From Poland to Longridge via the battlefields of WWII: The historic Bryszkiewski story of pride, endurance, and family
His parents, Franciszek and Kathleen, had decided on a trip to West Germany to visit their elder son Jan, who worked on an air base in Bielefeld. Little did young Frank know, the trip was to be as historic as it was exciting.
Franciszek Bryszkiewski was born in 1923 in the Polish village of Sugajno, which lies almost equidistant between Warsaw and Gdansk. One of seven children, he and his older brother Jan (after whom he named his own son) were in their mid-teens when the ravages of the Second World War brought a Nazi invasion crashing through their lives.
Threatened with the complete destruction of their home and possible incarceration in the death camps, they were forced to join the invading force.
Having reluctantly agreed to fight, Franciszek and Jan became separated in the confusion of battle. Unaware of his brother's fate, Franciszek was captured by the Allies - an unverified rumour has it that he purposefully sustained a leg wound so he would be apprehended - and offered the chance of repatriation as part of the Polish Armed Forces.
He took this chance enthusiastically out of loyalty to his Polish homeland and, thus, helped contribute to the fight for the very freedom we now enjoy as a nation alongside his fellow Allied soldiers.
Owing to his taciturn nature and unwillingness to speak of his experiences during the war, few details are known about Franciszek's past. But, after the conflict ended, he came to England, settling in Longridge in 1946 where he worked as a farm labourer and in a textile factory. He met his wife-to-be Kathleen Margerison and went on to receive his certificate of naturalisation in 1960.
Separated from Jan, who for all he knew was dead, he started a new life.
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In 1974, the World Cup was being played in West Germany and young Frank can vividly remember the excitement which gripped the nation that summer, despite his personal attentions being more fervently drawn by the wonders on offer in German toy stores, which dazzled him. But he remembers the trip to see his long-lost uncle Jan most keenly of all.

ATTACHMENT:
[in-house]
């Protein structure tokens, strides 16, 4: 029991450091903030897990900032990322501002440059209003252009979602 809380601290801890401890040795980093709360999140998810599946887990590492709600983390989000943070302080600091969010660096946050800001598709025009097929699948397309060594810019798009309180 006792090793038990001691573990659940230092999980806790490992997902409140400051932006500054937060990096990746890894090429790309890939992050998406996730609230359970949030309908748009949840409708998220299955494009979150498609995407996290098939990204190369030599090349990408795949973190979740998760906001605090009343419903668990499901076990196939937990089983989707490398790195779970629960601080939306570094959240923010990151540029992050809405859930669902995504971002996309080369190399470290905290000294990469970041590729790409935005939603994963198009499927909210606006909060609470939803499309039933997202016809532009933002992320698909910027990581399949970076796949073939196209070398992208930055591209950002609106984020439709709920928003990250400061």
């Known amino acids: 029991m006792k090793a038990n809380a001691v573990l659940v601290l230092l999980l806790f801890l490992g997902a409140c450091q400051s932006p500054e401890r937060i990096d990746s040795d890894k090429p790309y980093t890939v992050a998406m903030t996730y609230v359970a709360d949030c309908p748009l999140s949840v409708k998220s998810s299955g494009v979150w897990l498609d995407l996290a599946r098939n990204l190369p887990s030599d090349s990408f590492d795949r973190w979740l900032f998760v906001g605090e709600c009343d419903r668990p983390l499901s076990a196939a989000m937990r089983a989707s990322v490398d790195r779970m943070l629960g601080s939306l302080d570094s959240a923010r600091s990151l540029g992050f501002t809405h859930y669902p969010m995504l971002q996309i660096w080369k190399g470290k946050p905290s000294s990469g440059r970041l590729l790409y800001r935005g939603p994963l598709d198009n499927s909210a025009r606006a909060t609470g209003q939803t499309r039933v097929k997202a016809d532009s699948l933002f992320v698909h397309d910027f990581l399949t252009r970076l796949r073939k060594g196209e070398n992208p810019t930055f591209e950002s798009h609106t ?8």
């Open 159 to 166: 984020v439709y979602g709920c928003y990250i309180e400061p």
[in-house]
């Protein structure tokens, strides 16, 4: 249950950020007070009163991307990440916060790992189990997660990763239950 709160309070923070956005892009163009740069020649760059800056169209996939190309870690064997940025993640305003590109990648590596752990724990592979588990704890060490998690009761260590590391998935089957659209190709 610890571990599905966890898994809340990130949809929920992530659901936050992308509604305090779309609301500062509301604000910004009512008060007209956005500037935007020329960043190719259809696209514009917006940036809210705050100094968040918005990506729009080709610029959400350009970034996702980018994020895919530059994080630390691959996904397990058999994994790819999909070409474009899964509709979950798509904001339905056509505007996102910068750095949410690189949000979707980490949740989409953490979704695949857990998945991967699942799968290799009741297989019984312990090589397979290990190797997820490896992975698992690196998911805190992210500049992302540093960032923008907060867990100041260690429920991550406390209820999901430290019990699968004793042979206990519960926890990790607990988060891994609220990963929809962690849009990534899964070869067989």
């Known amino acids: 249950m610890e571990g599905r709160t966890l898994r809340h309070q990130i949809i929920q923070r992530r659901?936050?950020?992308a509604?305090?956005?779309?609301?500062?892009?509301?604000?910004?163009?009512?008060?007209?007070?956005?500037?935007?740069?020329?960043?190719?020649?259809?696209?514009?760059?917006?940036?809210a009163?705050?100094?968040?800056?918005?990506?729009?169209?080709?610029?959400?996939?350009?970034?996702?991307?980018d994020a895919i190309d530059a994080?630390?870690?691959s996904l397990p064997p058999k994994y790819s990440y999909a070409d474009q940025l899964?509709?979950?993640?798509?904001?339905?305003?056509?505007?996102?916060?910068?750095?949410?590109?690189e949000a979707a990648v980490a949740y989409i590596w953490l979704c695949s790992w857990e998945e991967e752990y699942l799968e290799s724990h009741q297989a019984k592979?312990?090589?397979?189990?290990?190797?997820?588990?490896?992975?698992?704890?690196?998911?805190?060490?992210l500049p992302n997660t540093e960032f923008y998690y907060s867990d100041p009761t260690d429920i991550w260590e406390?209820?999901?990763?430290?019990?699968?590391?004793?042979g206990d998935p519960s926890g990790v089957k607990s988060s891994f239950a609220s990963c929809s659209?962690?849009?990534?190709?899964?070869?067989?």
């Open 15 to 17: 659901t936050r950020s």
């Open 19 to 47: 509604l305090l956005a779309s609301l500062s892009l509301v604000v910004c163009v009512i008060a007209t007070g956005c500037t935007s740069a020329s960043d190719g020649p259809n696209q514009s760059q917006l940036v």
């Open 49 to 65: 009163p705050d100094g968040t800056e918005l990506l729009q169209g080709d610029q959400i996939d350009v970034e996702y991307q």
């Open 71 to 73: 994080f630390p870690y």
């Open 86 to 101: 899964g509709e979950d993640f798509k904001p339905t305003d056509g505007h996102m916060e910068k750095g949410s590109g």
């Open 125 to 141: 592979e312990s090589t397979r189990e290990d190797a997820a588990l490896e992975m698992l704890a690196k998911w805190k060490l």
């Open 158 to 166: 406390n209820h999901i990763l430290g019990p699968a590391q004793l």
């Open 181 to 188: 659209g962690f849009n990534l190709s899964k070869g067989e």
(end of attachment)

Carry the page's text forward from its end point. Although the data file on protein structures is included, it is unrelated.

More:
After the war, Jan had settled in Thüngersheim in Bavaria and, by the '70s, was running a large vineyard in the area. Franciszek had learned of his brother's life in Bavaria and so he, Kathleen, and Frank took a detour from their visit to Bielefeld and made the 200-mile drive south to see him.
It was to be the first time the two brothers had seen each other in 35 years.
"I'll always wonder what the two men were thinking as they were about to meet after all that time, separated for 35 years through no fault of their own," says Preston-born Frank, himself now 59. "Thinking about the two brothers, who had been separated from their families by war and greed, I realised that they missed a lifetime of being together.
"Given what they went through in their young lives, to escape death was truly a miracle; God must have blessed their paths," he adds. "[Seeing them together] was a sight I will never forget and I'm proud to have been a part of that. God bless them both."
After a week, Franciszek and his family had to return home. The brothers never saw each other again. Franciszek died in 1977.
"We can't comprehend the sacrifices they made," says Frank, who now lives in Brookfield, Preston. "My father did not discuss the war in much detail - maybe the odd ramble after a few rums - but, whatever the truth was, he was captured and chose to be repatriated with the Polish Free Army and given the chance to fight for his beloved Poland
"I know he served in a tank unit because he'd tell me how they cooked breakfast on the tanks in the summer heat," Frank adds. "But he and his brother got separated when they were fighting - they could've been pointing guns at each other for all they knew, which is a strange thought. It makes you wonder about the things which were going through their minds.